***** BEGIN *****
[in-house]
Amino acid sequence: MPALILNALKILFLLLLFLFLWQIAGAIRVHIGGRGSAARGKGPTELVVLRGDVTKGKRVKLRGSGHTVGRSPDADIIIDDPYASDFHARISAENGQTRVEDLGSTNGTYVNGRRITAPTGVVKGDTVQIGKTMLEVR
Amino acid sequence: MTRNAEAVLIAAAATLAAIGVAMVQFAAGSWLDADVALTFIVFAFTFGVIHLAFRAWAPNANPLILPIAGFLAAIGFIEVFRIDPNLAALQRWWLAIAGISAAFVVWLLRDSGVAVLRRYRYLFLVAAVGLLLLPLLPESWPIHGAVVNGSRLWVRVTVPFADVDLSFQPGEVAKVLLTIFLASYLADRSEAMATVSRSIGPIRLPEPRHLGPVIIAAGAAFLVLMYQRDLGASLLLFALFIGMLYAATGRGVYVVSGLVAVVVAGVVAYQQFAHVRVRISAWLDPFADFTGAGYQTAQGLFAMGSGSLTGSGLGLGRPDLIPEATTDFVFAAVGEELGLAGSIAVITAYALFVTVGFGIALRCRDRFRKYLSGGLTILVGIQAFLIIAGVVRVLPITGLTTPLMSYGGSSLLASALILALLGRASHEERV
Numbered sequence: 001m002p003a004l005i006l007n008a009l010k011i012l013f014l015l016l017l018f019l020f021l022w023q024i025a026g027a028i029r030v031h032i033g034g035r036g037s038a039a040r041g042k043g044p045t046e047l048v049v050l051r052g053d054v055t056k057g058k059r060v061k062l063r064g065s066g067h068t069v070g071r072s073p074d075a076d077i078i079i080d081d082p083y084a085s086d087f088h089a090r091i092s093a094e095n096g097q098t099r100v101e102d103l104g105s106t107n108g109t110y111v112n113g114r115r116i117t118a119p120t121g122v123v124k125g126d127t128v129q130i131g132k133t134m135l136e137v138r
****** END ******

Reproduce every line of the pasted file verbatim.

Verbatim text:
[in-house]
Amino acid sequence: MPALILNALKILFLLLLFLFLWQIAGAIRVHIGGRGSAARGKGPTELVVLRGDVTKGKRVKLRGSGHTVGRSPDADIIIDDPYASDFHARISAENGQTRVEDLGSTNGTYVNGRRITAPTGVVKGDTVQIGKTMLEVR
Amino acid sequence: MTRNAEAVLIAAAATLAAIGVAMVQFAAGSWLDADVALTFIVFAFTFGVIHLAFRAWAPNANPLILPIAGFLAAIGFIEVFRIDPNLAALQRWWLAIAGISAAFVVWLLRDSGVAVLRRYRYLFLVAAVGLLLLPLLPESWPIHGAVVNGSRLWVRVTVPFADVDLSFQPGEVAKVLLTIFLASYLADRSEAMATVSRSIGPIRLPEPRHLGPVIIAAGAAFLVLMYQRDLGASLLLFALFIGMLYAATGRGVYVVSGLVAVVVAGVVAYQQFAHVRVRISAWLDPFADFTGAGYQTAQGLFAMGSGSLTGSGLGLGRPDLIPEATTDFVFAAVGEELGLAGSIAVITAYALFVTVGFGIALRCRDRFRKYLSGGLTILVGIQAFLIIAGVVRVLPITGLTTPLMSYGGSSLLASALILALLGRASHEERV
Numbered sequence: 001m002p003a004l005i006l007n008a009l010k011i012l013f014l015l016l017l018f019l020f021l022w023q024i025a026g027a028i029r030v031h032i033g034g035r036g037s038a039a040r041g042k043g044p045t046e047l048v049v050l051r052g053d054v055t056k057g058k059r060v061k062l063r064g065s066g067h068t069v070g071r072s073p074d075a076d077i078i079i080d081d082p083y084a085s086d087f088h089a090r091i092s093a094e095n096g097q098t099r100v101e102d103l104g105s106t107n108g109t110y111v112n113g114r115r116i117t118a119p120t121g122v123v124k125g126d127t128v129q130i131g132k133t134m135l136e137v138r